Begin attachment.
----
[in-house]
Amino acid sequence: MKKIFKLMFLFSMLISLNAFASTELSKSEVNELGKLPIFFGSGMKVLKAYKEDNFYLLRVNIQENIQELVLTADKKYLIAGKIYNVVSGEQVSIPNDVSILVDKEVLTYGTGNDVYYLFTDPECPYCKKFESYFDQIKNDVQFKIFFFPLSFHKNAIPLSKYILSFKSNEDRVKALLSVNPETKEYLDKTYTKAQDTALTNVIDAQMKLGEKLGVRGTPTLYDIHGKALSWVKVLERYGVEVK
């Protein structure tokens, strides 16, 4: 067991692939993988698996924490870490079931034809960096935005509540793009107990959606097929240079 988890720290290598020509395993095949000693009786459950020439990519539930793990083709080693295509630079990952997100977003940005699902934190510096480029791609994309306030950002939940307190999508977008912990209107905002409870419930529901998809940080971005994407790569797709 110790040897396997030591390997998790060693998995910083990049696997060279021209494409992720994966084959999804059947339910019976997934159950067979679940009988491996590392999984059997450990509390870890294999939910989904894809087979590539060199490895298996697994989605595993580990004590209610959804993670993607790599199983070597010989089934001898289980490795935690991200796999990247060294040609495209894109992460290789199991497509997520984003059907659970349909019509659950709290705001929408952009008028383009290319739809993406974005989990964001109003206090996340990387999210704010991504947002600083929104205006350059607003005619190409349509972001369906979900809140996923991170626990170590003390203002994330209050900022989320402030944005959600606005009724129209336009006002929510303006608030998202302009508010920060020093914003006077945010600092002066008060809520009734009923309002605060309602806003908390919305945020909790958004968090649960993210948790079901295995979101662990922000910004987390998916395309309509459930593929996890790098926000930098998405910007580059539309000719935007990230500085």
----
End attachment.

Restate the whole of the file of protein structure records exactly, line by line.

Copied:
[in-house]
Amino acid sequence: MKKIFKLMFLFSMLISLNAFASTELSKSEVNELGKLPIFFGSGMKVLKAYKEDNFYLLRVNIQENIQELVLTADKKYLIAGKIYNVVSGEQVSIPNDVSILVDKEVLTYGTGNDVYYLFTDPECPYCKKFESYFDQIKNDVQFKIFFFPLSFHKNAIPLSKYILSFKSNEDRVKALLSVNPETKEYLDKTYTKAQDTALTNVIDAQMKLGEKLGVRGTPTLYDIHGKALSWVKVLERYGVEVK
């Protein structure tokens, strides 16, 4: 067991692939993988698996924490870490079931034809960096935005509540793009107990959606097929240079 988890720290290598020509395993095949000693009786459950020439990519539930793990083709080693295509630079990952997100977003940005699902934190510096480029791609994309306030950002939940307190999508977008912990209107905002409870419930529901998809940080971005994407790569797709 110790040897396997030591390997998790060693998995910083990049696997060279021209494409992720994966084959999804059947339910019976997934159950067979679940009988491996590392999984059997450990509390870890294999939910989904894809087979590539060199490895298996697994989605595993580990004590209610959804993670993607790599199983070597010989089934001898289980490795935690991200796999990247060294040609495209894109992460290789199991497509997520984003059907659970349909019509659950709290705001929408952009008028383009290319739809993406974005989990964001109003206090996340990387999210704010991504947002600083929104205006350059607003005619190409349509972001369906979900809140996923991170626990170590003390203002994330209050900022989320402030944005959600606005009724129209336009006002929510303006608030998202302009508010920060020093914003006077945010600092002066008060809520009734009923309002605060309602806003908390919305945020909790958004968090649960993210948790079901295995979101662990922000910004987390998916395309309509459930593929996890790098926000930098998405910007580059539309000719935007990230500085």